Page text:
U.S. troops tasked with guarding nuclear bombs in Europe accidentally leaked highly sensitive information about these weapons on popular educational websites, according to Bellingcat.
Military personnel used popular learning websites such as Quizlet, Chegg Prep, and Cram to remember complex security protocols, exact locations, and other top-secret information.
So how did Bellingcat's Foeke Postma uncover the leaked documents? Well, a simple search on the study websites revealed various sets of flashcards.
"By simply searching online for terms publicly known to be associated with nuclear weapons, Bellingcat was able to discover cards used by military personnel serving at all six European military bases reported to store nuclear devices," Postma wrote.
A deck of 70 study cards on Chegg, titled "Study!," disclosed exact facilities housing live and non-live nuclear bombs at the Volkel Air Base in the Netherlands.
"How many WS3 [Weapons Storage and Security Systems] vaults are there on Volkel ab," asked one of the virtual flashcards.
The answer: "Eleven (11)."
The flashcard indicated five of the eleven holding facilities on the base had "hot" nuclear bombs and 6 "cold" ones.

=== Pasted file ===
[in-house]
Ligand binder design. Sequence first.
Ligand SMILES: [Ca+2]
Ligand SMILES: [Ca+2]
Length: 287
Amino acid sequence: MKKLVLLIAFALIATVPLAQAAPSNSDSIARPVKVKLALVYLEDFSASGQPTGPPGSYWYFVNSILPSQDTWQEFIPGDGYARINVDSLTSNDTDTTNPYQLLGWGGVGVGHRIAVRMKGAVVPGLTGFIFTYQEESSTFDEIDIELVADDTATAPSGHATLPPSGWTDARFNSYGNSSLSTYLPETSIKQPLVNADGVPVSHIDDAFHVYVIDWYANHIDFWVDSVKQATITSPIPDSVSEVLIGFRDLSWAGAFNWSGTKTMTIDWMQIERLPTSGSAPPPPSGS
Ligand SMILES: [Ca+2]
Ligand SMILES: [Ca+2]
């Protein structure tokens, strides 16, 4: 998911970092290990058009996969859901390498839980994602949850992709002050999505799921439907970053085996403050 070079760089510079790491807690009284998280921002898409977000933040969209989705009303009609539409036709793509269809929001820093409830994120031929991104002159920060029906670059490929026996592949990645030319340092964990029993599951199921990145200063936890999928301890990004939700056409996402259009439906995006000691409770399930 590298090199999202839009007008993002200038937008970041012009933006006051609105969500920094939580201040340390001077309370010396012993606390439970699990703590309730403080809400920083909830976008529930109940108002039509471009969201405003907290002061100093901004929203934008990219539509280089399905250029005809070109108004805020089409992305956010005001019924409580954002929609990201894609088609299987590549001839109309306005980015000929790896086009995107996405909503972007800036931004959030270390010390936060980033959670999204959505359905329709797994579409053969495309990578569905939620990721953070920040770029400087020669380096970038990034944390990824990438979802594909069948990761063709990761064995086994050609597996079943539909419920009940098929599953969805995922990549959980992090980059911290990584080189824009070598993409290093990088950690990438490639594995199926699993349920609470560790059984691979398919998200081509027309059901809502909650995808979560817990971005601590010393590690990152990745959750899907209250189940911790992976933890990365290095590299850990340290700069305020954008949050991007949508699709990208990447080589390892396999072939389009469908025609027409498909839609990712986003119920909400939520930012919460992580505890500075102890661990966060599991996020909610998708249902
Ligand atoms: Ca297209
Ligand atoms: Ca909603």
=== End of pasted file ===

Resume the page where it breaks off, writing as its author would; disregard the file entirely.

A deck of 80 virtual cards on website Cram revealed the hot and cold vaults at Aviano Air Base in Italy. The information is so sensitive that a few cards detailed how soldiers should respond while activating the weapons.
Other study cards revealed nuclear secrets at bases in Belgium, Germany, and Turkey. Some detailed locations of CCTV security systems and additional information would be beneficial for Russia or China.
Bellingcat found some of the flashcards dated back to 2013 and more recent ones from April 2021.
Postma said the cards it viewed had been scrubbed after contacting NATO and the U.S. military for comment about the leaks.
There is no word if the soldiers using the educational websites will be reprimanded for leaking highly sensitive information.
This sort of embarrassment is similar to when soldiers wore interactive online fitness tracking devices that revealed secret military bases and CIA "black" sites worldwide.